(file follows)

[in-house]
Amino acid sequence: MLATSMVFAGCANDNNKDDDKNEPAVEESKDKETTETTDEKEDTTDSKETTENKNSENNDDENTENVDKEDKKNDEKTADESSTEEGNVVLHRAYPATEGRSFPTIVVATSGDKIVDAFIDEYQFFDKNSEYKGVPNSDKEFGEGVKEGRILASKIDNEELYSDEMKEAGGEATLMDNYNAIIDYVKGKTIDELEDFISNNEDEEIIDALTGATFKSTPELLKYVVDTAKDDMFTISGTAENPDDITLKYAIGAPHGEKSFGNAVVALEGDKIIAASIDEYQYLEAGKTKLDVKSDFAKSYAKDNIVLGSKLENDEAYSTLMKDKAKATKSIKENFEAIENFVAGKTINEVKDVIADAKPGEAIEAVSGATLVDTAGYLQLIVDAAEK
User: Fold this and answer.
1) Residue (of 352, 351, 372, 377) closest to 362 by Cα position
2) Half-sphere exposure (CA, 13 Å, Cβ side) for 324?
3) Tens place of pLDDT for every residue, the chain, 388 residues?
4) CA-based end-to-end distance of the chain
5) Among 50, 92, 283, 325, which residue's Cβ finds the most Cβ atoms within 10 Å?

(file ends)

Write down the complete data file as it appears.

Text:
[in-house]
Amino acid sequence: MLATSMVFAGCANDNNKDDDKNEPAVEESKDKETTETTDEKEDTTDSKETTENKNSENNDDENTENVDKEDKKNDEKTADESSTEEGNVVLHRAYPATEGRSFPTIVVATSGDKIVDAFIDEYQFFDKNSEYKGVPNSDKEFGEGVKEGRILASKIDNEELYSDEMKEAGGEATLMDNYNAIIDYVKGKTIDELEDFISNNEDEEIIDALTGATFKSTPELLKYVVDTAKDDMFTISGTAENPDDITLKYAIGAPHGEKSFGNAVVALEGDKIIAASIDEYQYLEAGKTKLDVKSDFAKSYAKDNIVLGSKLENDEAYSTLMKDKAKATKSIKENFEAIENFVAGKTINEVKDVIADAKPGEAIEAVSGATLVDTAGYLQLIVDAAEK
User: Fold this and answer.
1) Residue (of 352, 351, 372, 377) closest to 362 by Cα position
2) Half-sphere exposure (CA, 13 Å, Cβ side) for 324?
3) Tens place of pLDDT for every residue, the chain, 388 residues?
4) CA-based end-to-end distance of the chain
5) Among 50, 92, 283, 325, which residue's Cβ finds the most Cβ atoms within 10 Å?